One of the goals for our Thailand tour was to get out of the city of Bangkok. Though it was a unique and interesting city with its own culture and experiences, we really wanted to see more of Thailand than just the pavement and skyscrapers. So, we scheduled a full-day tour for our last day in Thailand. The tour took us about two hours outside the city of Bangkok to a rural town called Kanchanaburi. We had an exquisite time on the private tour, and this was by far my favorite day of our travels. I particularly enjoyed our tour guide, Nan, who was a fountain of knowledge; I learned more about Thailand’s culture, religion, history, and nature in that one day than in the rest of the trip combined. Here’s our little tour group with Nan (in the pink hat):
Hiking at the Erawan Waterfall
We began our day at the Erawan Waterfall–a beautiful national park area with a seven-tiered waterfall–where we hiked for about three hours. Here are some snapshots of the scenery on the hike:
When we arrived at the top of the waterfall (at the seventh tier) we went for a little dip in the clear blue water. It was the first time I ever went swimming in a waterfall, and it was lovely.
Religion on the Way
We saw several trees that were covered with clothing and scarves and surrounded by various amenities likes combs and makeup or necessities like water or food. Nan explained to us that the Thai people leave these items as offerings to or supplies for the people who have died in the national park. She said these things also serve to protect the trees from people cutting them down.
Along the way, we saw some wild monkeys that hopped through the tree-tops and then came down for a snack. The video is not zoomed in at all; in other words, that monkey was RIGHT in front of me.
I loved the colors on this bug; God sure did create some amazing creatures in this world.
Ride an Elephant
After hiking at the waterfall, we had a superb lunch of Thai food, and then we headed to an elephant training center for some fun with elephants. Elephants are a very important symbol in the Thai culture, partially because of the Hindu god Ganesha (with the head of an elephant) and the influence of Hinduism on Buddhism and also because the Asian elephants are native to Thailand. Our travel guide said there are about 300 wild elephants in the Kanchanaburi area.
First, we rode in seats on the back of the elephants for about thirty minutes. The scariest part was going downhill!
The best part of the day came right after the elephant ride when we got to BATHE AN ELEPHANT. Basically, this entailed climbing up on the back of the elephant and scrubbing its head with a brush and shampoo. The catch was that the elephant was also bathing us by spraying us with powerful jets of water from its trunk. Here are a few picture that capture the essence of our fun, but the video is the best.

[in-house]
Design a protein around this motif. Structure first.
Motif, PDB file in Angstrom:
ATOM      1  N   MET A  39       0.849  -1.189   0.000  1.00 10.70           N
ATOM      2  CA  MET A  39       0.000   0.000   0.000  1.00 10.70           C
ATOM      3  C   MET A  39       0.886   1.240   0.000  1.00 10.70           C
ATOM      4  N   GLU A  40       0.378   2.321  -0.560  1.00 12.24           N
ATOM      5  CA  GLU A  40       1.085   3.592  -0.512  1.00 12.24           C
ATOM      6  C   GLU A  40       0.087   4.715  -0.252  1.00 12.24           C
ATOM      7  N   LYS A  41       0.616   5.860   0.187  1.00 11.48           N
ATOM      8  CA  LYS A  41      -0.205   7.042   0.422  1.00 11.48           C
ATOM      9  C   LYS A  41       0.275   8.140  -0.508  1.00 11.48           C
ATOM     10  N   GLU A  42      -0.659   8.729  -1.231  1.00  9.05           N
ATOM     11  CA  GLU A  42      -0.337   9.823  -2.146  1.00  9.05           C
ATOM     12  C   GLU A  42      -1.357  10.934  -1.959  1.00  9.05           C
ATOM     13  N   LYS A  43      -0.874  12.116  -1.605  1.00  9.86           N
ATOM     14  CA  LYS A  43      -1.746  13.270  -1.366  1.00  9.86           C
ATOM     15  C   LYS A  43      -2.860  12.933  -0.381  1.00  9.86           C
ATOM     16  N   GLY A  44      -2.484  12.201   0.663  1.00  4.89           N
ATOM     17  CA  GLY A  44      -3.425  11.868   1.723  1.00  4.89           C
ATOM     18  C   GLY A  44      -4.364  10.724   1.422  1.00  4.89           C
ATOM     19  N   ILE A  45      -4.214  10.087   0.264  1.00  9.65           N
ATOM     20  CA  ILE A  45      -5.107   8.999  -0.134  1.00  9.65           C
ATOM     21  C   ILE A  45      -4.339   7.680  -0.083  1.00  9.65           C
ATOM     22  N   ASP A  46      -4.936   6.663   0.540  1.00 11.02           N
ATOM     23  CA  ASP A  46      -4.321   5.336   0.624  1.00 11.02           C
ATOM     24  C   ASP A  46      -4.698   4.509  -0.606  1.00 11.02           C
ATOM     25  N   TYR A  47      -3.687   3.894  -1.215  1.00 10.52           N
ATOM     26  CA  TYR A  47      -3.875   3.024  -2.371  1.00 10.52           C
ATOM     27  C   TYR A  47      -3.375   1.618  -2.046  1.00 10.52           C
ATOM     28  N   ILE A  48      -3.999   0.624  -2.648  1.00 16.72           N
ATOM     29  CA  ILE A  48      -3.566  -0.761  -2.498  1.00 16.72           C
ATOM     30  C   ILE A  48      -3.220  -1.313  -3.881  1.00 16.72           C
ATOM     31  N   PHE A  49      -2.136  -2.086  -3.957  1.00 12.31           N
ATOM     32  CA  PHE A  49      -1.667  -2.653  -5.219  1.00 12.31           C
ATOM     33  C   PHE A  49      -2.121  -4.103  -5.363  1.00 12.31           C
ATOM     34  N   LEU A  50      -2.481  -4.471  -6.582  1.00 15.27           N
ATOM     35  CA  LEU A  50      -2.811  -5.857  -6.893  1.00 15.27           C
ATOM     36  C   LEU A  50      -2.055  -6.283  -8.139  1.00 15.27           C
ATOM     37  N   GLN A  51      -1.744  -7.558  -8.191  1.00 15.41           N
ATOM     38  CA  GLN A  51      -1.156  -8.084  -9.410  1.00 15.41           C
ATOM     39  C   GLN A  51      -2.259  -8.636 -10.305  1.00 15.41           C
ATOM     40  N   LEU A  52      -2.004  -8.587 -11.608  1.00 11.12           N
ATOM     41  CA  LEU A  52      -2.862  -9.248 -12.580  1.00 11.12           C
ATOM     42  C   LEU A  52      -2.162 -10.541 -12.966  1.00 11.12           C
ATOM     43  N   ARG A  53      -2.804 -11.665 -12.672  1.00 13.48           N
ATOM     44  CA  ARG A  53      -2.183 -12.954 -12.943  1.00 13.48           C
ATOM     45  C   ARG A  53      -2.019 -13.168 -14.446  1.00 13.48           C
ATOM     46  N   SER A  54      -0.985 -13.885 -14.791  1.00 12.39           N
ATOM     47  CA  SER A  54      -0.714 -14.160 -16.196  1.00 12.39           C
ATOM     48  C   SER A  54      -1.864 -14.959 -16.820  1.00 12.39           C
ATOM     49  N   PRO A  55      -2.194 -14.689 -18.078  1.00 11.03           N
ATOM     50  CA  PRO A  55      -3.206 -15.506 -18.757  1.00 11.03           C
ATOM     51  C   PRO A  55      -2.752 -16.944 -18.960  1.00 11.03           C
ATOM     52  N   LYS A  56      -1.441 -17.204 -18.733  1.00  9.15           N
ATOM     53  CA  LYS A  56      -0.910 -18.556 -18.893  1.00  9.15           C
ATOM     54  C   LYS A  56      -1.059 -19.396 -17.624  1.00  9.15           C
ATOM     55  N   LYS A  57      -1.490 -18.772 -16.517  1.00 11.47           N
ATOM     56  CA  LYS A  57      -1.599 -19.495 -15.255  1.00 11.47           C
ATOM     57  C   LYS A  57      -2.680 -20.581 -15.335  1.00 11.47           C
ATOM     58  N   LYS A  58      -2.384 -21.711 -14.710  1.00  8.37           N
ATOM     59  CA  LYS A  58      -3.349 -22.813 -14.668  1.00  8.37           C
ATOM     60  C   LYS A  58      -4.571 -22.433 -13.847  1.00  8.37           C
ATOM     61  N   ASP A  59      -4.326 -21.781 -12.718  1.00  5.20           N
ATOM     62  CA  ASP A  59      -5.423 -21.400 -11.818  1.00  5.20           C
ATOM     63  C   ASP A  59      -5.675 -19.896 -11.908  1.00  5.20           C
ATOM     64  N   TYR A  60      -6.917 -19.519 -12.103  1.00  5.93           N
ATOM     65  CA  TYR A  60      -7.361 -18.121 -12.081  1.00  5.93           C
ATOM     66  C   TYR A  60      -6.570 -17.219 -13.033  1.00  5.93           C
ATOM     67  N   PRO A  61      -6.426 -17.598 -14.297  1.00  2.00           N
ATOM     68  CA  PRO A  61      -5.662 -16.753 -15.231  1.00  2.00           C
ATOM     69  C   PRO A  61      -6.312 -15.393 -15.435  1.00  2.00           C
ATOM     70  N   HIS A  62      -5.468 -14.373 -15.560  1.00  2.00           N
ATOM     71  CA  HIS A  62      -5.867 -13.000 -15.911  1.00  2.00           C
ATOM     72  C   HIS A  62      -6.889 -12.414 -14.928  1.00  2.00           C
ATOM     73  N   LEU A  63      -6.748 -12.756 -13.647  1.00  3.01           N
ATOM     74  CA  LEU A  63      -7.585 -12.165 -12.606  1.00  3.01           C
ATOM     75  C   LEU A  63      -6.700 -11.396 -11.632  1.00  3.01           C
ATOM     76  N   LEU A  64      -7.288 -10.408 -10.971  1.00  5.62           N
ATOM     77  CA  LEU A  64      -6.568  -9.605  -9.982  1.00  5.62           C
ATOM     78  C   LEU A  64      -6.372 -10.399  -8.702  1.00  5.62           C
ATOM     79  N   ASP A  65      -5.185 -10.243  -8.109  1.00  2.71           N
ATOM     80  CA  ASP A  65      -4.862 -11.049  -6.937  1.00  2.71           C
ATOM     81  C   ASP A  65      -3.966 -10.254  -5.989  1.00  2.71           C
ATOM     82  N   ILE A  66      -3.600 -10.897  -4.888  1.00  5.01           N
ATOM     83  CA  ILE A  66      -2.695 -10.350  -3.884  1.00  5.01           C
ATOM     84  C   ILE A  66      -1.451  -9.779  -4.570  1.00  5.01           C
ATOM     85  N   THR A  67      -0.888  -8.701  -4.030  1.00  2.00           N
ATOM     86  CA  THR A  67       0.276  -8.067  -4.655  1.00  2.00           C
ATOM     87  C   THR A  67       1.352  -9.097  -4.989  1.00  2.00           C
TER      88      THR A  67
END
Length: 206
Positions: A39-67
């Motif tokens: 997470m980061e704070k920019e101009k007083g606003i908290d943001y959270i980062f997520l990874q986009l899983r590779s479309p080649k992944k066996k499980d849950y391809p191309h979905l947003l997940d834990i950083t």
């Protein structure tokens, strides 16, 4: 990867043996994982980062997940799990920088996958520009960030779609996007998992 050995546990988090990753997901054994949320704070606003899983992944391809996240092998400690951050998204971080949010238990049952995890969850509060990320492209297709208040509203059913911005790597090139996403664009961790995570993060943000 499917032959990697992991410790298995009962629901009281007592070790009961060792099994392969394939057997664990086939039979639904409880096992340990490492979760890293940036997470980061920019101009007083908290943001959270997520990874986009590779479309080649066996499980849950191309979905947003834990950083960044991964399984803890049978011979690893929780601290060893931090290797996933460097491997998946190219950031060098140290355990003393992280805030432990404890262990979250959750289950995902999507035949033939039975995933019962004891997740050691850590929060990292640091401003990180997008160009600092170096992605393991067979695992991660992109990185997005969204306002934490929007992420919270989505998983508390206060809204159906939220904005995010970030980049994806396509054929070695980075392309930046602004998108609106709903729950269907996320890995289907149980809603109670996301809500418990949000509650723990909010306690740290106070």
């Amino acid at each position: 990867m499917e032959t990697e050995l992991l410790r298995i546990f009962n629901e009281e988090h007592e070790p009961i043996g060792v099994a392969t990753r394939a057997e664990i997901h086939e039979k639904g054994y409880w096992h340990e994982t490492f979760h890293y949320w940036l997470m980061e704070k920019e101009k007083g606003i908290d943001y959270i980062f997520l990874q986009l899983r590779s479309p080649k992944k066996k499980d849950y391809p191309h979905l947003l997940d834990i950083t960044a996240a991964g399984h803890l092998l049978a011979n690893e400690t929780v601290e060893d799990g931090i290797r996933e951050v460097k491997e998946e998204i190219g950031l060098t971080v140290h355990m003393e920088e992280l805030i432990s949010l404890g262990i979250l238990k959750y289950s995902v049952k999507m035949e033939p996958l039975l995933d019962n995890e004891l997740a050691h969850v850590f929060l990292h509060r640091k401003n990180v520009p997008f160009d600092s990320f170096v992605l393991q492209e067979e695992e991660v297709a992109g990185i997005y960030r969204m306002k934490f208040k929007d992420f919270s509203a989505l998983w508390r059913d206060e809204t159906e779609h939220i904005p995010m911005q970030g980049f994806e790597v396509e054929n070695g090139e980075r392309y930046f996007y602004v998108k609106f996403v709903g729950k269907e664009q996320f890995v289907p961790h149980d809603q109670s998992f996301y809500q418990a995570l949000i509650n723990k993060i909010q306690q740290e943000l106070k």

The last stop on our tour was a visit to Death Railway, a railroad that was built during WWII when the Japanese invaded Thailand and Burma and forced the locals to work under terrible conditions causing many people to die during the construction work. We visited a cave that was used as a bomb shelter and hospital and now houses a buddha statue. Then we took a ride on the train and saw a lot of beautiful countryside. We ended our journey at the bridge over the River Kwai, a famous spot along the railroad route.
Of course, we had to have a little fun on the railroad tracks too. =D
As you can hopefully see, my friends and I had a blast on this trip to Thailand. I would love to go back someday to see more of the country, but for now, this was a fabulous introduction. ขอบคุณค่ะ, Thailand! Thank you!
5 thoughts on “Touring Thailand: Out of the City (Part 3 of 3)”
It’s always a requirement to get away from the big cities. And no trip to Asia is fulfilled unless you get to ride and bath an elephant. Thanks for the great photos. And hold on to your stuff when out in the jungle. Monkeys have a habit of walking away with some of your shiny or colorful belongings.
Thanks for commenting! I have heard stories about the wild monkeys here in Taiwan pickpocketing people on the mountain trails, so I did clutch my bag a little tighter when I came close to the monkeys in Thailand. Also, I definitely agree that you must get out of the city in order to really enjoy and experience a country. Do you have a favorite place in East Asia to visit? I want to see as much of this region as I can while I still live in Taiwan, and as you seem to like to travel I’d be happy for a recommendation.
So just out of interest, have you ever seen the old movie called The bridge On the River Kwai with William Holden? If not, it is a must see for someone who has actually been to the spot. Great photos and videos. Your videos were a great encouragement to me. I realize now that when i made videos of you so many years ago I was preserving wonderful memories and teaching you to do videography.
I haven’t seen it, but that’s the movie that made the bridge famous. Have you seen it?